Review – “R U S T O W L” – R U S T O W L

r u s t o w lreviewed by Michael Thomas

Calling your band “loud, yet soft” is a bold move, but it somehow fits the music of R U S T O W L. Formed initially under sombre circumstances, the duo of Garrett Iverson and Jory Strachan on guitars and drums respectively eventually expanded to include Robert Reimer (bass) and Jensen Fridfinnson (piano fiddle).

The result of this musical fusion is rock and roll tempered by weariness and thoughtfulness. The band name symbolizes decay and wisdom; the music is loud but never feels grandiose or excessive.

There’s a hard edge to Iverson’s voice, and “In a World of Old Lovers” is a good introduction to his vocals and what you can expect from the band. Amid loud guitars, Iverson sings of a world where everyone has a deep history—everyone except you. There’s too much for you to step in on. The song changes with the line “Then you see them there, gasping for air.” Now Fridfinnson joins in on vocals and you get the sense that you’re not the only one alone in the world.

With “Crooked Teeth,” Fridfinnson is front and centre. She sings of “scoundrels” in the street, “selling the day for night.” Is it a song about survival? Perhaps. “Let’s feel all right” is something both Fridfinnson and later Iverson sing more than once. When Iverson joins in, he’s shouting it in response.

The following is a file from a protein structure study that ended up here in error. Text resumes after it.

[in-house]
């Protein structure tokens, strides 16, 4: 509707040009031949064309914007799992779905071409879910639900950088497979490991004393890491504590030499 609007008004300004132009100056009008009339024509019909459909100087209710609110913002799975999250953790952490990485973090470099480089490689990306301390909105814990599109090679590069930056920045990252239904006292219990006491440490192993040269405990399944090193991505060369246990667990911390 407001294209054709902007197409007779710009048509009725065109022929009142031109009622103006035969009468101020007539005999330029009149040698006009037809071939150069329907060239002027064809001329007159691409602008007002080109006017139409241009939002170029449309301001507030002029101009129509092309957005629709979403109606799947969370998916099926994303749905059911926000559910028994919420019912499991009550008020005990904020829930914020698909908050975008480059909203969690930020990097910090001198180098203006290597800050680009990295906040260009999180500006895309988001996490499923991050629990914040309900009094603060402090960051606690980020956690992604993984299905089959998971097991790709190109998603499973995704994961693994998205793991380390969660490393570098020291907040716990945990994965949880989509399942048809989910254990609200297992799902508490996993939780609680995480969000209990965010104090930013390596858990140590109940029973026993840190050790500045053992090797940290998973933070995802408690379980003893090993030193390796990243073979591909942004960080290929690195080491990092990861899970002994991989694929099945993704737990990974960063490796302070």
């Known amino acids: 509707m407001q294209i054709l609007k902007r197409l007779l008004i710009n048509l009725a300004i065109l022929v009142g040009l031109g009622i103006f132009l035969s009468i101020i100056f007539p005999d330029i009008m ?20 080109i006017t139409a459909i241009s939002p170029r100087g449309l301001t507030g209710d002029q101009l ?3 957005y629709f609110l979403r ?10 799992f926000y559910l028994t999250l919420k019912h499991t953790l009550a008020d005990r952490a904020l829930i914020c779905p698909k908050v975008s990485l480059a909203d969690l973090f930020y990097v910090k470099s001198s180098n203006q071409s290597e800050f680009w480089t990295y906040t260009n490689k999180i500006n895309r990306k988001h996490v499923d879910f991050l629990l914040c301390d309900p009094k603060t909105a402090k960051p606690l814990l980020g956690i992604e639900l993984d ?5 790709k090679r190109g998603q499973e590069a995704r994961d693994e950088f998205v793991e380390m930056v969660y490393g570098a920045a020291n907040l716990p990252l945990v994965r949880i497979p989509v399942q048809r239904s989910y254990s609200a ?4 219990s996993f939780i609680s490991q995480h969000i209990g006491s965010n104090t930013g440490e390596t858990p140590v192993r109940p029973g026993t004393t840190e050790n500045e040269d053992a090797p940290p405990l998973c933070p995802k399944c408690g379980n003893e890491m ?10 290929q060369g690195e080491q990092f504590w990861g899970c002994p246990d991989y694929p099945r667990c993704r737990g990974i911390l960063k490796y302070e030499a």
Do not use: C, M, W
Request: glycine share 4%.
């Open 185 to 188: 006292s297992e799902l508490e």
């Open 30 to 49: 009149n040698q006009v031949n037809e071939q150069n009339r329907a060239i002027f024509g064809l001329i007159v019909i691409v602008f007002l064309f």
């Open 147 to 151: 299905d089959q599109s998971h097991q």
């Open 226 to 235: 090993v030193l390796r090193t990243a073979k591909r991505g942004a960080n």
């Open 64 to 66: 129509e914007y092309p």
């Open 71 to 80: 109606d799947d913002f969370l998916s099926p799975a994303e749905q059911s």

“Awkward Age” is where the band’s roots influences are most clear. The song is much mellower, and the pain much more clear. Iverson sings as someone older, who’s experienced much. Love has deserted him and he sings “Youth have no fear.” Sometimes, just the passage of time is enough to make you think love will never find you.

The band returns to louder sounds with “Hibernation” to finish off the EP. It’s about a pile-up of feelings, some forcing their way to the surface. To hibernate might be the easiest way to avoid everything, but that’s just the thing: those buried memories never stay buried.

Mixing rock and country influences in this particular way shows R U S T O W L make a niche for themselves. There’s no clumsy genre-fusion word/portmanteau to accurately describe them.

Top Track: “Crooked Teeth”

Rating: Strong Hoot (Good)

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